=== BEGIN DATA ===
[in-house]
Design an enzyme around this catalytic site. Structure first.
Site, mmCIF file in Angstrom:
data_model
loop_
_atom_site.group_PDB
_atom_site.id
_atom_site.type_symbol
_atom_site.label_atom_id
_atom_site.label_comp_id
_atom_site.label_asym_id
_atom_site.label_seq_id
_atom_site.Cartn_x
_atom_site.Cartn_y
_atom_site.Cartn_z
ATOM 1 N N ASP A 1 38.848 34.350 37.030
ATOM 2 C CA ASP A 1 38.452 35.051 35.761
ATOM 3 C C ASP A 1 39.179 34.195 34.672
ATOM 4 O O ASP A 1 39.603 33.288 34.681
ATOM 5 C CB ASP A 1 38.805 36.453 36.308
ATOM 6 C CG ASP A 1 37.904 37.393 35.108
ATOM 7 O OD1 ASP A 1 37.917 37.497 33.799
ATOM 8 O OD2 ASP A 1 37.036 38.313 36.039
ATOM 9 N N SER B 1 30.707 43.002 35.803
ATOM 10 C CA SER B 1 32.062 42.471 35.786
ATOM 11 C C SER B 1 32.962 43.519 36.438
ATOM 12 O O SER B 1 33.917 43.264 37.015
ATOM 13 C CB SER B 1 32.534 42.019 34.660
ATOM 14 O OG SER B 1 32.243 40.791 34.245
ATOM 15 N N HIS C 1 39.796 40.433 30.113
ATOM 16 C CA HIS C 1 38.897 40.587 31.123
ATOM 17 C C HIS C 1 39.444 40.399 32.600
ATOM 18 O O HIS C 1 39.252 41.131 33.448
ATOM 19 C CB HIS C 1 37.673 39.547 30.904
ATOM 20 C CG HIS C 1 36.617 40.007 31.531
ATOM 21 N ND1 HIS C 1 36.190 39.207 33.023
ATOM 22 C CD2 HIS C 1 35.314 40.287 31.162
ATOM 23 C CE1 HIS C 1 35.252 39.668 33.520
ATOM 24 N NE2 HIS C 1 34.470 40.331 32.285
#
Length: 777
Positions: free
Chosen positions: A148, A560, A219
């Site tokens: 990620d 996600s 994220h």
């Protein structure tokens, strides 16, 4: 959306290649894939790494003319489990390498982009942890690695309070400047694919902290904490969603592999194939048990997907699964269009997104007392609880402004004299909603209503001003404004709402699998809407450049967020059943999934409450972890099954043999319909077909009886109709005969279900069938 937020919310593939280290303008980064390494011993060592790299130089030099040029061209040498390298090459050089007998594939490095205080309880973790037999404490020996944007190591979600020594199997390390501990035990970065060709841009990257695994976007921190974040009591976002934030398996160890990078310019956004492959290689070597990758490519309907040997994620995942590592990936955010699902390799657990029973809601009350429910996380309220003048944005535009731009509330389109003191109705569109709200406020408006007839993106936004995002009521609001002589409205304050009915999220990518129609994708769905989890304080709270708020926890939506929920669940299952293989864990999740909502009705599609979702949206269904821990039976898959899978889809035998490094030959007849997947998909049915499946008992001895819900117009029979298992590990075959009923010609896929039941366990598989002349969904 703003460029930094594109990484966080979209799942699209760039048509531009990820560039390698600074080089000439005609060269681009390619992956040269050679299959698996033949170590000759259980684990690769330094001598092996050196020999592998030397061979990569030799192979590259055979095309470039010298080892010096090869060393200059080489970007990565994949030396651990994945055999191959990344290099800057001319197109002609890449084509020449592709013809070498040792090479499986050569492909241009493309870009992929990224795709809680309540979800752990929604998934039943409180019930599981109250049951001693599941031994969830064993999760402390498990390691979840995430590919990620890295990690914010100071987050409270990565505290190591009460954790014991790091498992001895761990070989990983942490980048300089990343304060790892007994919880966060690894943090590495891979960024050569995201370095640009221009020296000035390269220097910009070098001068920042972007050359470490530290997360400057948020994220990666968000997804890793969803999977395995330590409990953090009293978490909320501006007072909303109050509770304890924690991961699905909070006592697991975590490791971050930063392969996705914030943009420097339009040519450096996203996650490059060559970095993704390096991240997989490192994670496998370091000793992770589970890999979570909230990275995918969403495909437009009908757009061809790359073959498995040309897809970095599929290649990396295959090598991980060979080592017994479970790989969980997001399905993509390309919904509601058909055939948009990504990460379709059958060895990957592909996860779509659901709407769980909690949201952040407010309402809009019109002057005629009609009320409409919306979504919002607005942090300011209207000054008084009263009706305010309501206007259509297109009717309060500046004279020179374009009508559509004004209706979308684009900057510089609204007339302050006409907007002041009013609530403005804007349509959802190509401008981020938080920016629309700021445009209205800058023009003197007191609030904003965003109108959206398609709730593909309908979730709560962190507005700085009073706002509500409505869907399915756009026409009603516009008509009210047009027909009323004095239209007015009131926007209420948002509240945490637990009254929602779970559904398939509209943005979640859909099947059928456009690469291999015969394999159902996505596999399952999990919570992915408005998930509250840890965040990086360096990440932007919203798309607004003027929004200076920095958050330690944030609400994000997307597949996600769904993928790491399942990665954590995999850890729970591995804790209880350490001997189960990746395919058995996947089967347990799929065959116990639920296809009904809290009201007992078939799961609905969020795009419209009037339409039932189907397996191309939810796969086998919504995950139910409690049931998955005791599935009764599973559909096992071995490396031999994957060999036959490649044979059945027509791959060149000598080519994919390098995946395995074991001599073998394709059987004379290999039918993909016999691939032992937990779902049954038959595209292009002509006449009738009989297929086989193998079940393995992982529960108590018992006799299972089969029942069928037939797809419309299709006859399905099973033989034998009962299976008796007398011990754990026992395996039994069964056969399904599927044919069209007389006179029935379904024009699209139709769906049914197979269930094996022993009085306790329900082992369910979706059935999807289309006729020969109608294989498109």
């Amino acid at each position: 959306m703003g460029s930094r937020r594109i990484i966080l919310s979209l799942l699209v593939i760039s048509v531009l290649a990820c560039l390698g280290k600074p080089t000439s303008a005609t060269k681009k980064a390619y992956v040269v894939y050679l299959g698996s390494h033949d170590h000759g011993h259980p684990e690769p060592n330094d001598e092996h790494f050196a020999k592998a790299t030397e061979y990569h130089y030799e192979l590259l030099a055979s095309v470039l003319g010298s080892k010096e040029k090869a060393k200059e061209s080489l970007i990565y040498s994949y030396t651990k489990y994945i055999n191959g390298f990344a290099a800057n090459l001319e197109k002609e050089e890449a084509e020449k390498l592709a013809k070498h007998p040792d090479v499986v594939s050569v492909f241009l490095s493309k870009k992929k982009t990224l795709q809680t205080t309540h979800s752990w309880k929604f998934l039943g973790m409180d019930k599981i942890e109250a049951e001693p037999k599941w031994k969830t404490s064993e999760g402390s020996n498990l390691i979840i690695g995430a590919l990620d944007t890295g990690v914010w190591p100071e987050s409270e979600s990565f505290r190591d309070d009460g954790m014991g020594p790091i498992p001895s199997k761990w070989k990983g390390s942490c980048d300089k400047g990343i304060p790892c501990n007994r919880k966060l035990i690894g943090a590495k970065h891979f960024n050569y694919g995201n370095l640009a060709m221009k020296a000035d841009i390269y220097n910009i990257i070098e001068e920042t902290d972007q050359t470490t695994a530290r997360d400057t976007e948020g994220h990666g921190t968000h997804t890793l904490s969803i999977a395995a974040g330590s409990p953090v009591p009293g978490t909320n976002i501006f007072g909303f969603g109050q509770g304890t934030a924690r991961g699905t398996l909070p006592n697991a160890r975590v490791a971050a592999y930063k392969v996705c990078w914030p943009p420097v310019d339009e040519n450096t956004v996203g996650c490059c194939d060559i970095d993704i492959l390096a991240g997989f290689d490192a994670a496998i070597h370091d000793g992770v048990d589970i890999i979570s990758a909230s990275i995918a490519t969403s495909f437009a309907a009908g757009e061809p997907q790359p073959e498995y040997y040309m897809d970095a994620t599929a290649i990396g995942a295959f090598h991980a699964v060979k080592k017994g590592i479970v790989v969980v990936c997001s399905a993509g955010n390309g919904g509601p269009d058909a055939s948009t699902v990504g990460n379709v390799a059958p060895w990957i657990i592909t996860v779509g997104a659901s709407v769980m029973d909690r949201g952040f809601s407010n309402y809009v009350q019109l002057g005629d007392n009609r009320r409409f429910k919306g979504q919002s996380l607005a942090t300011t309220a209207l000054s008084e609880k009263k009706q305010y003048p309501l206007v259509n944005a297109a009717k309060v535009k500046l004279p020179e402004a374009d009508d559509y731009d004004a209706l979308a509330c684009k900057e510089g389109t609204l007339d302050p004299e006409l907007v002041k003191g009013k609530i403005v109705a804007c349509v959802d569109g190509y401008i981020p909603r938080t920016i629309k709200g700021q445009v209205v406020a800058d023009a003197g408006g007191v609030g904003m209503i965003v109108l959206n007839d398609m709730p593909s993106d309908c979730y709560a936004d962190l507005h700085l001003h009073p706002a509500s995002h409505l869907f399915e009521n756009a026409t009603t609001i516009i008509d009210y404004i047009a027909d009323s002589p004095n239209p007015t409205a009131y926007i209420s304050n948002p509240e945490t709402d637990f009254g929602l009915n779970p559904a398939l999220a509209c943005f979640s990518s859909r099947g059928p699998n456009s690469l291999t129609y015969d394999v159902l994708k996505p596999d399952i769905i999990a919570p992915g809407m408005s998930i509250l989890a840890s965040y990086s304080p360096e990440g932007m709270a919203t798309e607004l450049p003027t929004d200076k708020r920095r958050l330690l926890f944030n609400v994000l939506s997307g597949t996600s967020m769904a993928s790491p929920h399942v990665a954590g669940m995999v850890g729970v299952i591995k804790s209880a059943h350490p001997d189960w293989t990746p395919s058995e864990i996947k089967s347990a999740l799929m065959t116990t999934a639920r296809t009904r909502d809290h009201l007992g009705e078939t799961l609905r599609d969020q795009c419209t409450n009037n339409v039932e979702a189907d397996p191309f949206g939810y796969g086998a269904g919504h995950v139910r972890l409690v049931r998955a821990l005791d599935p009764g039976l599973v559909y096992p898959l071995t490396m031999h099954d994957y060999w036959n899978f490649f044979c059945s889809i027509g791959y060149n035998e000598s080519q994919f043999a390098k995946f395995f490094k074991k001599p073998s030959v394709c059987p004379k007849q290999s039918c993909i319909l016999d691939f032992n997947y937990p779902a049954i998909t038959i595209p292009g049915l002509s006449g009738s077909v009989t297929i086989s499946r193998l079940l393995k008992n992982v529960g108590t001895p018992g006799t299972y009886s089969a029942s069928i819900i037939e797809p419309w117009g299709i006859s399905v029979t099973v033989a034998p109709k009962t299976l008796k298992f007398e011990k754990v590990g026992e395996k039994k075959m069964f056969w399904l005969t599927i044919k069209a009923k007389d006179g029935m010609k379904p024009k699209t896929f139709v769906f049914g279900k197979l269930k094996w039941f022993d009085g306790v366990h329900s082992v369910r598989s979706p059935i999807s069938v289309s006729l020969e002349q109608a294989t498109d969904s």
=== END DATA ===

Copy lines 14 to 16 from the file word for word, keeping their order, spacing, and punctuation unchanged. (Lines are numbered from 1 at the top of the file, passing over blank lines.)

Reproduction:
_atom_site.Cartn_y
_atom_site.Cartn_z
ATOM 1 N N ASP A 1 38.848 34.350 37.030